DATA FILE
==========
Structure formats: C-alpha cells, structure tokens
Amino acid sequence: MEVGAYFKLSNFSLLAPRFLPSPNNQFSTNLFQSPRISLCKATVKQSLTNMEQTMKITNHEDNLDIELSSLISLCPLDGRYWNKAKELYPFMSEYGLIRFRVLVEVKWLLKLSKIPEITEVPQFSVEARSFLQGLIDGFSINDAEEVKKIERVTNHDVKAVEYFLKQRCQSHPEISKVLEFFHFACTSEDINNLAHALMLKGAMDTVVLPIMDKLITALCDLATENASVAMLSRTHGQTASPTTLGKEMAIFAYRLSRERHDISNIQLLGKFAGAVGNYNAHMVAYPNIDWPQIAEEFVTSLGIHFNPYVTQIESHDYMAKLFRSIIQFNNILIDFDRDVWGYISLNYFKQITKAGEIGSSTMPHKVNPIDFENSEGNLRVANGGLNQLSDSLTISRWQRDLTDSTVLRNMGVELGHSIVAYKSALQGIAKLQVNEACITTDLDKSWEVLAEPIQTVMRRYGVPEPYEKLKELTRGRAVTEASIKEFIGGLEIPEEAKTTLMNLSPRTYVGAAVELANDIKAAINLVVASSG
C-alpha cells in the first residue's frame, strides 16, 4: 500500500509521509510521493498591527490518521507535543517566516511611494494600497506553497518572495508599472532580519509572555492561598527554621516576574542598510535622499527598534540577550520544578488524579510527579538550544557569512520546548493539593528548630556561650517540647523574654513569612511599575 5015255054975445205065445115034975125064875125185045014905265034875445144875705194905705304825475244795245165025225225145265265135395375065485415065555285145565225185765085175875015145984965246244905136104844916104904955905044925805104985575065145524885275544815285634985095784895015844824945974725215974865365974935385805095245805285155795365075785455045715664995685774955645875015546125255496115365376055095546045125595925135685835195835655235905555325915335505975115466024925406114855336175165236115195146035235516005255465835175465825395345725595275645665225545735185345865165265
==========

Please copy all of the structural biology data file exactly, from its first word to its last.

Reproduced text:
Structure formats: C-alpha cells, structure tokens
Amino acid sequence: MEVGAYFKLSNFSLLAPRFLPSPNNQFSTNLFQSPRISLCKATVKQSLTNMEQTMKITNHEDNLDIELSSLISLCPLDGRYWNKAKELYPFMSEYGLIRFRVLVEVKWLLKLSKIPEITEVPQFSVEARSFLQGLIDGFSINDAEEVKKIERVTNHDVKAVEYFLKQRCQSHPEISKVLEFFHFACTSEDINNLAHALMLKGAMDTVVLPIMDKLITALCDLATENASVAMLSRTHGQTASPTTLGKEMAIFAYRLSRERHDISNIQLLGKFAGAVGNYNAHMVAYPNIDWPQIAEEFVTSLGIHFNPYVTQIESHDYMAKLFRSIIQFNNILIDFDRDVWGYISLNYFKQITKAGEIGSSTMPHKVNPIDFENSEGNLRVANGGLNQLSDSLTISRWQRDLTDSTVLRNMGVELGHSIVAYKSALQGIAKLQVNEACITTDLDKSWEVLAEPIQTVMRRYGVPEPYEKLKELTRGRAVTEASIKEFIGGLEIPEEAKTTLMNLSPRTYVGAAVELANDIKAAINLVVASSG
C-alpha cells in the first residue's frame, strides 16, 4: 500500500509521509510521493498591527490518521507535543517566516511611494494600497506553497518572495508599472532580519509572555492561598527554621516576574542598510535622499527598534540577550520544578488524579510527579538550544557569512520546548493539593528548630556561650517540647523574654513569612511599575 5015255054975445205065445115034975125064875125185045014905265034875445144875705194905705304825475244795245165025225225145265265135395375065485415065555285145565225185765085175875015145984965246244905136104844916104904955905044925805104985575065145524885275544815285634985095784895015844824945974725215974865365974935385805095245805285155795365075785455045715664995685774955645875015546125255496115365376055095546045125595925135685835195835655235905555325915335505975115466024925406114855336175165236115195146035235516005255465835175465825395345725595275645665225545735185345865165265